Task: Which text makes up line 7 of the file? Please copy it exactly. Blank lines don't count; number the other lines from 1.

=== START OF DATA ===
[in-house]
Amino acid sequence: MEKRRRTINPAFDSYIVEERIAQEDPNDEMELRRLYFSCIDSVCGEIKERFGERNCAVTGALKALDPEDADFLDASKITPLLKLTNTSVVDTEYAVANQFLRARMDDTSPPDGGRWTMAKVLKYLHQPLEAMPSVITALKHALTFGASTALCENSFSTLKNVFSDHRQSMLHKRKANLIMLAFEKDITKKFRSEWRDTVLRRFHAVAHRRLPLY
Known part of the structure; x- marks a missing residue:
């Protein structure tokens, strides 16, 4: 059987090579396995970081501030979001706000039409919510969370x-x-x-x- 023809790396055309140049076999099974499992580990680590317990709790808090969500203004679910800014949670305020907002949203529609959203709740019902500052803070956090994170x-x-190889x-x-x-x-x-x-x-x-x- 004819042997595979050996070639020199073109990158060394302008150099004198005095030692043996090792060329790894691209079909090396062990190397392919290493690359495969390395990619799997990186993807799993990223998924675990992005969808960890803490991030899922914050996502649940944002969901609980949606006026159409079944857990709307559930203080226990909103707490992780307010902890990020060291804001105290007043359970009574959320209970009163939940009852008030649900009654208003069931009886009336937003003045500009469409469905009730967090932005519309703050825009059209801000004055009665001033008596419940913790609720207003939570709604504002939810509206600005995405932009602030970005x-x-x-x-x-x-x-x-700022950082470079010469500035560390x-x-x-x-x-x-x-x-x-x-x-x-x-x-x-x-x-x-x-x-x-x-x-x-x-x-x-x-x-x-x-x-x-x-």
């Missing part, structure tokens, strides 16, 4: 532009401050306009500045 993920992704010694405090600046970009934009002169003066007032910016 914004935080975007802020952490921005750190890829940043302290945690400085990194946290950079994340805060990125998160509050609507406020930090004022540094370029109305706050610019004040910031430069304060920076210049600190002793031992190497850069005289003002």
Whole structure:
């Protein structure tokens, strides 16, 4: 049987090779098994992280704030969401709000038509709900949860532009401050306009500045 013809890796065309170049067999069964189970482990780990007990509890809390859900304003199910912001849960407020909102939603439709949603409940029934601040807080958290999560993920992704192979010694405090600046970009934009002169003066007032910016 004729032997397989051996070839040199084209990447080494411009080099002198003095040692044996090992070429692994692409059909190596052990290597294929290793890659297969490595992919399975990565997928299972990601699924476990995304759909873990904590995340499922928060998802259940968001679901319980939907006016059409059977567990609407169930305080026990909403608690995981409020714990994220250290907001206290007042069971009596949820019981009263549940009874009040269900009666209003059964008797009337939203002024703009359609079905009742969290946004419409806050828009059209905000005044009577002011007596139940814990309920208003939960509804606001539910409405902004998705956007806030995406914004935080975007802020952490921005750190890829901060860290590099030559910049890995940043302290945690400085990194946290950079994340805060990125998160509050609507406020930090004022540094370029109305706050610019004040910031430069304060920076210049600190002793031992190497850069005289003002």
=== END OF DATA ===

């Protein structure tokens, strides 16, 4: 049987090779098994992280704030969401709000038509709900949860532009401050306009500045 013809890796065309170049067999069964189970482990780990007990509890809390859900304003199910912001849960407020909102939603439709949603409940029934601040807080958290999560993920992704192979010694405090600046970009934009002169003066007032910016 004729032997397989051996070839040199084209990447080494411009080099002198003095040692044996090992070429692994692409059909190596052990290597294929290793890659297969490595992919399975990565997928299972990601699924476990995304759909873990904590995340499922928060998802259940968001679901319980939907006016059409059977567990609407169930305080026990909403608690995981409020714990994220250290907001206290007042069971009596949820019981009263549940009874009040269900009666209003059964008797009337939203002024703009359609079905009742969290946004419409806050828009059209905000005044009577002011007596139940814990309920208003939960509804606001539910409405902004998705956007806030995406914004935080975007802020952490921005750190890829901060860290590099030559910049890995940043302290945690400085990194946290950079994340805060990125998160509050609507406020930090004022540094370029109305706050610019004040910031430069304060920076210049600190002793031992190497850069005289003002």